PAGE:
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The views and opinions expressed in our blog series are those of the authors and are not necessarily supported by CareSearch, Flinders University and/or the Australian Government Department of Health.
August 8th is Dying to Know Day – a campaign that encourages people across the country to engage in meaningful conversation around death, dying and loss by hosting events in their local area. This is its 5th year running and it has clocked up over 403 individual events!
So why on earth should we talk about death?!
Many cultures around the world have a different approach to death. In many countries, people generally die at home surrounded by their community, it is an important time for a community to gather and support each other. Death is not a scary thing to talk about because people have seen the process over their lifetime, they are familiar with the rituals and traditions so they know exactly what to expect and how to respond.
The 2017 MOOC global contributions saw a definite desire from people to reclaim dying and death - to be more personally involved in processes which are the natural progressions in life. There was a great sense of 'community' in the need for more knowledge about death, about illness and preparing for death.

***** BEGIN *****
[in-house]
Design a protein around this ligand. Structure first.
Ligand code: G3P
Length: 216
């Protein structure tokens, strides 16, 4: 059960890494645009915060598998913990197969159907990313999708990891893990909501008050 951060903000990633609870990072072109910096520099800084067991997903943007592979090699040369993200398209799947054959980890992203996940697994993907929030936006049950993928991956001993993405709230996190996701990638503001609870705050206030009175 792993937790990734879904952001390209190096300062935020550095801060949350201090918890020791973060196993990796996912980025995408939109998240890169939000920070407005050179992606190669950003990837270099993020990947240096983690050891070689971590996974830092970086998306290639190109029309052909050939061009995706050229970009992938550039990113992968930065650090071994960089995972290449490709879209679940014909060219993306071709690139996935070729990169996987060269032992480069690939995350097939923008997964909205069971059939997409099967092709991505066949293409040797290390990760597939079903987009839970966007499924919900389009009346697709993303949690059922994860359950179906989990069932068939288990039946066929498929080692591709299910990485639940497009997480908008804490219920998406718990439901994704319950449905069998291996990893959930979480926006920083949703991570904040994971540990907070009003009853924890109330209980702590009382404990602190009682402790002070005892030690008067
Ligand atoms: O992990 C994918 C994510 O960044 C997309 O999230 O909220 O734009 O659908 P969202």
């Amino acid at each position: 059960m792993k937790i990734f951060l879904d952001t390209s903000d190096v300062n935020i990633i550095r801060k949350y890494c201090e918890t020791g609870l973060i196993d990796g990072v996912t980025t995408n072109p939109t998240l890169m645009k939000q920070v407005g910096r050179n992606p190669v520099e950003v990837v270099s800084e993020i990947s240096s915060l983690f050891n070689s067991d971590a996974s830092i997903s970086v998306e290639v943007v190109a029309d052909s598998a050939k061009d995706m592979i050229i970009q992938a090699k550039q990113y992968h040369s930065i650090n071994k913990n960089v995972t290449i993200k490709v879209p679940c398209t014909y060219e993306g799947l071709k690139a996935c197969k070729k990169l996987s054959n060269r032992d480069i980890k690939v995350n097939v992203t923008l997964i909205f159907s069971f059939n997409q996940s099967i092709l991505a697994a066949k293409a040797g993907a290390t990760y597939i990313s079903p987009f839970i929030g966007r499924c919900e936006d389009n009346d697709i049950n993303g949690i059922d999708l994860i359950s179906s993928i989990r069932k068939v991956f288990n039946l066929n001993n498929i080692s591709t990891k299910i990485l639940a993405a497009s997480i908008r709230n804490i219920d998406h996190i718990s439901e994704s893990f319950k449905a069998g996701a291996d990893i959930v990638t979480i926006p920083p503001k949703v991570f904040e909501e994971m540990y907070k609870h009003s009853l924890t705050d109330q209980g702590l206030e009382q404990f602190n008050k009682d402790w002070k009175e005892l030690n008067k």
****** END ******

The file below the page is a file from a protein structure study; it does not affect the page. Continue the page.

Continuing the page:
Personally for me it drove home the great yawning chasm of a need to educate our health care professionals - to cut out the 'doctor speak' and learn how to talk about dying and death with patients and family. We need trailblazing medicos, astute advanced care planners and guidelines as more and more people wish to be able to die at home. We need a powerful innovative palliative care structure to facilitate people's needs to ensure comfort and safety at end of life.
I really wasn’t sure what this Massive Open Online Course (MOOC) on death and dying was going to look like but I dived in boots and all.
I am a nurse working as an End of Life Care Coordinator, so dead, death and dying are among the three most common words I use every day at work. I approached this course not only from a professional point of view but as a member of the community. I feel this made my experience so much richer, as I was able to appreciate the comments from across the board and indeed from across the world.
Over the past two years, CareSearch has hosted Dying2Learn, a free Massive Open Online Course (MOOC) about death and dying. We created the course hoping we could provide a community platform for open social discussion and connection on death, dying and palliative care – something that at times can be hard to strike up a conversation about in our day-to-day lives.
Australians are not well prepared for death and there are indications that many people are not comfortable talking about death. It may be that as medical advances have improved our life span we have become less familiar with death or that as our community has changed our rituals and practices for caring for the dying have also changed. The last few years have seen an increasing interest in ensuring that dying is recognised within the community. Death education, public health promoting palliative care, death cafes, and compassionate communities are just some of the ways that people are reclaiming an awareness of, and a responsibility for, death and dying.